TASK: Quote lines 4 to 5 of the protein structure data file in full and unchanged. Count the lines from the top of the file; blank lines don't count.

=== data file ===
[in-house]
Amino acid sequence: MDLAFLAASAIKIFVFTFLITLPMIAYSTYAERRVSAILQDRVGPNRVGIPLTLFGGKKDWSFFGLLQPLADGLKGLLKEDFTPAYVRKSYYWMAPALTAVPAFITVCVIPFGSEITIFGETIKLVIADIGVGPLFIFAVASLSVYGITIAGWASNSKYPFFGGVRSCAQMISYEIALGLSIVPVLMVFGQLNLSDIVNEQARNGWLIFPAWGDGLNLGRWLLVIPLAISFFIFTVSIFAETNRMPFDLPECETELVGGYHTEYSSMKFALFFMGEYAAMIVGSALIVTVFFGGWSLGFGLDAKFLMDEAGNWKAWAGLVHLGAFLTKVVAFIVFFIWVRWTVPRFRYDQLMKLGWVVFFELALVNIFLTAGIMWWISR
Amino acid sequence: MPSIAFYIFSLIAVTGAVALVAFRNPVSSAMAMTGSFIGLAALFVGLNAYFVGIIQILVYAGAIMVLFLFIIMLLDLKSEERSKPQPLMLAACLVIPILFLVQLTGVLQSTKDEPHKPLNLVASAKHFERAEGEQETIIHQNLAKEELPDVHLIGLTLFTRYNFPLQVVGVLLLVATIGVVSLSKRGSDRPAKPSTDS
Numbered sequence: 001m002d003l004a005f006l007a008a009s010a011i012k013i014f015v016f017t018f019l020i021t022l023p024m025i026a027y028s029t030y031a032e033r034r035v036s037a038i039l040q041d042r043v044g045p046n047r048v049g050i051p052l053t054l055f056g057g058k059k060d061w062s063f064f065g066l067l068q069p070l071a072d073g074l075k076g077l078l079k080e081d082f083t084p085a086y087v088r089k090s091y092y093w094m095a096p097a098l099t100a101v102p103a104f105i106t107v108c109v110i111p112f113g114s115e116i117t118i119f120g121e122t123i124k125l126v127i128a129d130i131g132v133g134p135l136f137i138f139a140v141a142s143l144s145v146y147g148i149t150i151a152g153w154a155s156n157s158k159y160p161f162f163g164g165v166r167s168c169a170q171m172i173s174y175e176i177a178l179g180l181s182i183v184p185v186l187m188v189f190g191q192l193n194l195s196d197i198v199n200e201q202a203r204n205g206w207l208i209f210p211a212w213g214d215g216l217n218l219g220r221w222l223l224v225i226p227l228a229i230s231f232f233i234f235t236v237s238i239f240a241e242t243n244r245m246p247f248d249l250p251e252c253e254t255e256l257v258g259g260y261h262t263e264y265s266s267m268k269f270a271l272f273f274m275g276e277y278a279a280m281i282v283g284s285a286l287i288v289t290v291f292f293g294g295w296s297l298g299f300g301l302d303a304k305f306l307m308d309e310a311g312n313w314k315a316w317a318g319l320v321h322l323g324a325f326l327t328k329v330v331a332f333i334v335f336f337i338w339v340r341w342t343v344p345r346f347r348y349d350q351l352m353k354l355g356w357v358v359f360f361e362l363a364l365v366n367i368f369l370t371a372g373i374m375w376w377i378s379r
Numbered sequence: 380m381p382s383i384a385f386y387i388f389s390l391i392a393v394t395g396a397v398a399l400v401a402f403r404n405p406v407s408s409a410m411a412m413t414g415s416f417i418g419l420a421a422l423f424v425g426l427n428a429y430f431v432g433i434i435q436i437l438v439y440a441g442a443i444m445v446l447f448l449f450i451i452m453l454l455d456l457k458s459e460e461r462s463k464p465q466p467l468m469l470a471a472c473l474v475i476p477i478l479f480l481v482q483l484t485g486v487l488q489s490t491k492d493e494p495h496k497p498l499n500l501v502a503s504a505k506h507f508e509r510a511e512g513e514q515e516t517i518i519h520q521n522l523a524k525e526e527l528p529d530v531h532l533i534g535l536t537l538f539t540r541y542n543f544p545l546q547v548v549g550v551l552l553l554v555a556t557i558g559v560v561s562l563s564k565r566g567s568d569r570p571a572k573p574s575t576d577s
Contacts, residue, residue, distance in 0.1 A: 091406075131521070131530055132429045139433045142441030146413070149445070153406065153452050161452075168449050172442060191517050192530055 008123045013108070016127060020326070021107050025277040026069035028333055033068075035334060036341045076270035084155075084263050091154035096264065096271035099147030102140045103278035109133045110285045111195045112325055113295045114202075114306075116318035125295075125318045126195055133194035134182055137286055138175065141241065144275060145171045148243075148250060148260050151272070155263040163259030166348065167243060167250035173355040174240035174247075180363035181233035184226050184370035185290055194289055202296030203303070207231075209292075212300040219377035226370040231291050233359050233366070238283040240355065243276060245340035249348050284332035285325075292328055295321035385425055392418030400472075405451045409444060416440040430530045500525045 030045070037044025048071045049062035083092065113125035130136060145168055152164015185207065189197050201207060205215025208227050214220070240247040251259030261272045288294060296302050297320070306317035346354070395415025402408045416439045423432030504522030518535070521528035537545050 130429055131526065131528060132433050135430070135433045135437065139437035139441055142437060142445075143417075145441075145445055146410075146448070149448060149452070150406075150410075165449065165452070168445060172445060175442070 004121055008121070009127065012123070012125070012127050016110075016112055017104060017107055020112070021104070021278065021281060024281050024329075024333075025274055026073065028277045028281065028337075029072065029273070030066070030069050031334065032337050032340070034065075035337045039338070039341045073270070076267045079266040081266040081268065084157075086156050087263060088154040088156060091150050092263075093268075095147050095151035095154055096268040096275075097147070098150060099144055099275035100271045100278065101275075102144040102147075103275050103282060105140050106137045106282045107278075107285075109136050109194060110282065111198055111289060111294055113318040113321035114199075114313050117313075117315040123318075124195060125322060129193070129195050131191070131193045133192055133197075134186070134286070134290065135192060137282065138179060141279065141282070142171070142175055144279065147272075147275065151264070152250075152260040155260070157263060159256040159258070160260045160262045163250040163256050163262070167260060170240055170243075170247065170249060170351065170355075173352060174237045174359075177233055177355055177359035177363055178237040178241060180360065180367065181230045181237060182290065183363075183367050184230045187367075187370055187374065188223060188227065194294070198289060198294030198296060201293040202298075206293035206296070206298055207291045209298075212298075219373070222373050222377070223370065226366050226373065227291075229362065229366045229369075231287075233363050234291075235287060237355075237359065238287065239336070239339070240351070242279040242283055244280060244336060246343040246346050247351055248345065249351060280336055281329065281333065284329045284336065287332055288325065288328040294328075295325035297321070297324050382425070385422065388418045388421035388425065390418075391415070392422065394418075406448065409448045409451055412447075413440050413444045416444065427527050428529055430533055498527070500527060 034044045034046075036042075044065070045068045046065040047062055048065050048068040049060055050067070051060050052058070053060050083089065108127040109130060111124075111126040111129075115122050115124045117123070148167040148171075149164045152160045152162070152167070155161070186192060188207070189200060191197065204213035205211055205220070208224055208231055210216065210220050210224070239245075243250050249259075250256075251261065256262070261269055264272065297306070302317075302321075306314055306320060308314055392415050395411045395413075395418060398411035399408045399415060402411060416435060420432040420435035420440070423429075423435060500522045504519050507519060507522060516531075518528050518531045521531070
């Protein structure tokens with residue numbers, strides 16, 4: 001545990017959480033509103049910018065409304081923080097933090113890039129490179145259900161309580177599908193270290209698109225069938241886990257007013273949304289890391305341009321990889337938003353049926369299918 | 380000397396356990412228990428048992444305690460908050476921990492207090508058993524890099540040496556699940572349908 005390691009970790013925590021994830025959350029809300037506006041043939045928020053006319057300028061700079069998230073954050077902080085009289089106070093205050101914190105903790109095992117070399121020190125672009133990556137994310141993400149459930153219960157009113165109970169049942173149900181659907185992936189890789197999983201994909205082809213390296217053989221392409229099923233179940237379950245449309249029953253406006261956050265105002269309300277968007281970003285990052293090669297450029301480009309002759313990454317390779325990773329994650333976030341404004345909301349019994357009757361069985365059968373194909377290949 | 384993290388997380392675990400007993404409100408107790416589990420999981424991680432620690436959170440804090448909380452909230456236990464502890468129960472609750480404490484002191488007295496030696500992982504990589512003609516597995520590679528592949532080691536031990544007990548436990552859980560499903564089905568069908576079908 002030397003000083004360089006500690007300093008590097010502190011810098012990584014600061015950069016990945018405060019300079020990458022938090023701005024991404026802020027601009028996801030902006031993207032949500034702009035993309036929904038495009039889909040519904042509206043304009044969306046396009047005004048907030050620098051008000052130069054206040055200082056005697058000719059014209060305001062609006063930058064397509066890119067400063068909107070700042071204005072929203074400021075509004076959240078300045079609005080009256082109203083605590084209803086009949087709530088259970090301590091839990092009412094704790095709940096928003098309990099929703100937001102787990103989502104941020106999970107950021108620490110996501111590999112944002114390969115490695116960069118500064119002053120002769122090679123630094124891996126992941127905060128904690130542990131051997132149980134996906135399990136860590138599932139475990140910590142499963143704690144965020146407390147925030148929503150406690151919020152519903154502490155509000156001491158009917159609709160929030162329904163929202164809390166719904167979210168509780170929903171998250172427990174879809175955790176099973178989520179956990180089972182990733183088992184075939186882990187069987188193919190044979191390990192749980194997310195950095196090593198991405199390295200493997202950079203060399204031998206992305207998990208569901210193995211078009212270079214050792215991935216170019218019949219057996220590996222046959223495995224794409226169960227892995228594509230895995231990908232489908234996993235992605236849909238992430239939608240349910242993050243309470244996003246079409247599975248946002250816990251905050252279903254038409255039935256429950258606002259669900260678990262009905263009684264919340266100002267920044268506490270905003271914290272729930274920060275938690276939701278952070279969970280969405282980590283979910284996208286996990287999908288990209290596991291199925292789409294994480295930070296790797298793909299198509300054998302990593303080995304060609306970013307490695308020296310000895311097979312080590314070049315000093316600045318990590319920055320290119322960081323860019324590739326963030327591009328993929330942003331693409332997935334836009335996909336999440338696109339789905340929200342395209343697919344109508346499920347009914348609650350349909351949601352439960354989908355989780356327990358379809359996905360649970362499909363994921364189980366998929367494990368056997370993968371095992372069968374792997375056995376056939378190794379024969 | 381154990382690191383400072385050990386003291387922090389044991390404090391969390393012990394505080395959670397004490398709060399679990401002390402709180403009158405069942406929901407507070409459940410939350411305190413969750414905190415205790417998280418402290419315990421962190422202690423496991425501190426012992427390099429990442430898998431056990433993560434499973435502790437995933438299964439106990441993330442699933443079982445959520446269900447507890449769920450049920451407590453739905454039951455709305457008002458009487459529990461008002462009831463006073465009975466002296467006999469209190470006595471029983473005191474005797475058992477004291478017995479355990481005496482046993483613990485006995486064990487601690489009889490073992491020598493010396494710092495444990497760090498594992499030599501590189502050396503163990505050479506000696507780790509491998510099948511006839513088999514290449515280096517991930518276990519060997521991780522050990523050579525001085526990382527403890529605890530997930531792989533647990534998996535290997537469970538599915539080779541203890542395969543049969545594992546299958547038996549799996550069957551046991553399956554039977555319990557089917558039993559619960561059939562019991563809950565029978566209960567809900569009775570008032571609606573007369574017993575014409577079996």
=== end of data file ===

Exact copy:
Numbered sequence: 001m002d003l004a005f006l007a008a009s010a011i012k013i014f015v016f017t018f019l020i021t022l023p024m025i026a027y028s029t030y031a032e033r034r035v036s037a038i039l040q041d042r043v044g045p046n047r048v049g050i051p052l053t054l055f056g057g058k059k060d061w062s063f064f065g066l067l068q069p070l071a072d073g074l075k076g077l078l079k080e081d082f083t084p085a086y087v088r089k090s091y092y093w094m095a096p097a098l099t100a101v102p103a104f105i106t107v108c109v110i111p112f113g114s115e116i117t118i119f120g121e122t123i124k125l126v127i128a129d130i131g132v133g134p135l136f137i138f139a140v141a142s143l144s145v146y147g148i149t150i151a152g153w154a155s156n157s158k159y160p161f162f163g164g165v166r167s168c169a170q171m172i173s174y175e176i177a178l179g180l181s182i183v184p185v186l187m188v189f190g191q192l193n194l195s196d197i198v199n200e201q202a203r204n205g206w207l208i209f210p211a212w213g214d215g216l217n218l219g220r221w222l223l224v225i226p227l228a229i230s231f232f233i234f235t236v237s238i239f240a241e242t243n244r245m246p247f248d249l250p251e252c253e254t255e256l257v258g259g260y261h262t263e264y265s266s267m268k269f270a271l272f273f274m275g276e277y278a279a280m281i282v283g284s285a286l287i288v289t290v291f292f293g294g295w296s297l298g299f300g301l302d303a304k305f306l307m308d309e310a311g312n313w314k315a316w317a318g319l320v321h322l323g324a325f326l327t328k329v330v331a332f333i334v335f336f337i338w339v340r341w342t343v344p345r346f347r348y349d350q351l352m353k354l355g356w357v358v359f360f361e362l363a364l365v366n367i368f369l370t371a372g373i374m375w376w377i378s379r
Numbered sequence: 380m381p382s383i384a385f386y387i388f389s390l391i392a393v394t395g396a397v398a399l400v401a402f403r404n405p406v407s408s409a410m411a412m413t414g415s416f417i418g419l420a421a422l423f424v425g426l427n428a429y430f431v432g433i434i435q436i437l438v439y440a441g442a443i444m445v446l447f448l449f450i451i452m453l454l455d456l457k458s459e460e461r462s463k464p465q466p467l468m469l470a471a472c473l474v475i476p477i478l479f480l481v482q483l484t485g486v487l488q489s490t491k492d493e494p495h496k497p498l499n500l501v502a503s504a505k506h507f508e509r510a511e512g513e514q515e516t517i518i519h520q521n522l523a524k525e526e527l528p529d530v531h532l533i534g535l536t537l538f539t540r541y542n543f544p545l546q547v548v549g550v551l552l553l554v555a556t557i558g559v560v561s562l563s564k565r566g567s568d569r570p571a572k573p574s575t576d577s